One of the most closely watched races in San Diego County is in the East County's 50th Congressional District, where a seat is left vacant after disgraced former Congressmember Duncan D. Hunter resigned in light of a corruption scandal.
Democrat Ammar Campa-Najjar hoped he could swing the ruby red district blue but as the votes continued to be counted on Wednesday, it appeared that long-time Republican congressman Darrell Issa would again be heading back to Congress.
On Wednesday, Issa all but declared victory, though he indicated Campa-Najjar had not conceded.
"At this point, I consider it that the race is over," Issa said outside his campaign headquarters in Vista that would serve as a temporary congressional office if he wins. "It is statistically impossible for the outcome to be different. But having said that, he has to do that in his own time.”
Issa had predicted a "decisive victory" on Election Night but that didn't happen. When the polls closed, Campa-Najjar held a lead of just thousands of votes over Issa. But as more tallies were released throughout the night, the margin slimmed -- at one point to less than 100 votes.
But Issa's lead widened in the days following Election Night. By Saturday evening, he had 53.68% of the vote and just over 21,400 votes more than Campa-Najjar.
Here's where the race stands now:
Campa-Najjar was not losing hope Wednesday that the final votes to be tallied could swing the election.
"We’re still looking at the returns with a measure of hope and urge every last vote be counted," he said in a statement Wednesday that accused Issa of "buying his seat" and thanked his team and supporters.
The 50th District — which covers much of San Diego’s East County and extends north into Temecula — has sat vacant for nearly 10 months.
Campa-Najjar, a 31-year-old businessman and former Labor Department staffer, is aiming to flip the long-time red district. The Latino-Arab candidate was born in East County and has touted it throughout the race, telling voters he is a "son of the East County" and their neighbor.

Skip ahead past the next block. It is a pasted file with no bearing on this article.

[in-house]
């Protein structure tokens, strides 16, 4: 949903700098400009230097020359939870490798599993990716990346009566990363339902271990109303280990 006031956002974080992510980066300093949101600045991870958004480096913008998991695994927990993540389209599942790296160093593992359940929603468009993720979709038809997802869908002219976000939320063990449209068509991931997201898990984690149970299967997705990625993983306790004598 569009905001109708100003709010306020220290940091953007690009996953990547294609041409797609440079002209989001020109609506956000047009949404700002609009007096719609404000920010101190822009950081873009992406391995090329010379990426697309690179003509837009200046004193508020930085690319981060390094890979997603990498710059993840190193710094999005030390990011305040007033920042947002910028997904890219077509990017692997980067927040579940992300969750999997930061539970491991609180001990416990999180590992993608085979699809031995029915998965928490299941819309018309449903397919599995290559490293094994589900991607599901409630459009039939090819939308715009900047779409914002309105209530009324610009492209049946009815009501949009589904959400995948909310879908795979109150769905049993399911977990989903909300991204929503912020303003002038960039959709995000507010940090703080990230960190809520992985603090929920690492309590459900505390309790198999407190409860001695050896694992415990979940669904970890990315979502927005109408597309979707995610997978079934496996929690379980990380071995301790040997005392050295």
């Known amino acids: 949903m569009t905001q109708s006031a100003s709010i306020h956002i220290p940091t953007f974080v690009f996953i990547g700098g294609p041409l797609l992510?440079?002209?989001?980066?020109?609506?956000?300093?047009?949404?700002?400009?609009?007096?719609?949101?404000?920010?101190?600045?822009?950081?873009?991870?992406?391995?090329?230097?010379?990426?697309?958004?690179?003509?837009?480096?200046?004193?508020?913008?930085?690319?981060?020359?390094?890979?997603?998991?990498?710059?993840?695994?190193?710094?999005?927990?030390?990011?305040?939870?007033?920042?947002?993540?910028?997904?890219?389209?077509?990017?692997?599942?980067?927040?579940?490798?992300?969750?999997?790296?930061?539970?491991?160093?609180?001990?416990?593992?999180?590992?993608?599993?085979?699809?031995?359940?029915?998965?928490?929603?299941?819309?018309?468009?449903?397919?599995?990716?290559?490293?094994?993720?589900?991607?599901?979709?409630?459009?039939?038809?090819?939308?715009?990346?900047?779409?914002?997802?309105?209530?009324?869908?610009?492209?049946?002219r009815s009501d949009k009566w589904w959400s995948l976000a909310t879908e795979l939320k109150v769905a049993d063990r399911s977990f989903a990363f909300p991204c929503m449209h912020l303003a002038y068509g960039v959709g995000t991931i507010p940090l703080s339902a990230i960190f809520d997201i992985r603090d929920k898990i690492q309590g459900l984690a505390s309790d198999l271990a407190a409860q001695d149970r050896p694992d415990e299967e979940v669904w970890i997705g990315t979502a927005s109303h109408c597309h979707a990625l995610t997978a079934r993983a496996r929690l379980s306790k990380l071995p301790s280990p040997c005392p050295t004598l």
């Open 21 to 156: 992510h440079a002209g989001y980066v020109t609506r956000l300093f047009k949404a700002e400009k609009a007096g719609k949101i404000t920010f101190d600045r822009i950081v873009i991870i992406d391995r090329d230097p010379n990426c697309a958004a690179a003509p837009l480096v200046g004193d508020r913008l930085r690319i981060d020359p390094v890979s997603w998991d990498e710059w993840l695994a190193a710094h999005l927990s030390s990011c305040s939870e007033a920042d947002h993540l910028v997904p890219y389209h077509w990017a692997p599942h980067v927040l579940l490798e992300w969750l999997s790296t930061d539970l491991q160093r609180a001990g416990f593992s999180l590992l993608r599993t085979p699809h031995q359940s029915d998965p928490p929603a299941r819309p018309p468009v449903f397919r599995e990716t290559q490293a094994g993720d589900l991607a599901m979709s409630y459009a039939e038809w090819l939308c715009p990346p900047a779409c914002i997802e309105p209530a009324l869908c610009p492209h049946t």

He came closer than many thought to flipping the district against Hunter in 2016 and Issa said "this was the first contested primary I had and it was quite an awakening."
Issa added that even though a Democrat came closer than many thought to flipping the Republican stronghold, he would not change his stance on issues.
"No I don’t intend on being labeled as some sort of squish or a moderate or a rhino," Issa said. "I’ve been a conservative, my conservative voting record will continue. I will continue to be pro second amendment pro first amendment pro life and candidly pro the values of this district."
Campa-Najjar was hopeful on Election Day, before the votes started to be tallied, that he hoped a large voter turnout could give him a chance to serve them.
"It's about the future, not the past," Campa-Najjar told NBC 7. "I’m going to be a congressman for everyone. My message has been country over party since day one, people over politics. We’re going to fight to lower taxes for California families and small businesses.”
Campa-Najjar said the voters he has spoken to on the campaign trail want a “disrupter” to fill this seat, not a “career politician” like his opponent.
“They want change in whatever form it comes,” the candidate told NBC 7.
Issa, on the other hand, said this race is all about experience.
“This has been a race between experience and someone who doesn’t fit the historic 50th trying to say that he’s changed to fit it," Issa told NBC 7 on Election Day. "I’m a predictable conservative. I not only fit the district – I’ve represented most of it for a very long time. People know that I say what I believe and I will do what I say."
“We’re feeling great,” he said Tuesday afternoon, hours before the polls were set to close in San Diego County. “The voters have really responded; our message of experience that you just can’t get any other way has resonated."
Issa represented the North County's District 49 for decades before leaving ahead of the 2020 election at a promised Trump Administration position that stalled.
He said he’s grateful for the support he’s gotten on the campaign trail.
“One of the things that happens when you’re coming back into politics, is you find out who really believe in you," Issa said. "This has been a great 14 months of learning."
Issa spent Election Night at a watch party at a hotel in Mission Valley. Campa-Najjar spent the evening at home with family and friends, watching the results trickle in.
Although the race between the two candidates has been hotly contested, Campa-Najjar said he shares a sense of comradery with Issa. He said they regularly talk and text. Campa-Najjar said that he planned to lean on Issa for advice should he head to D.C.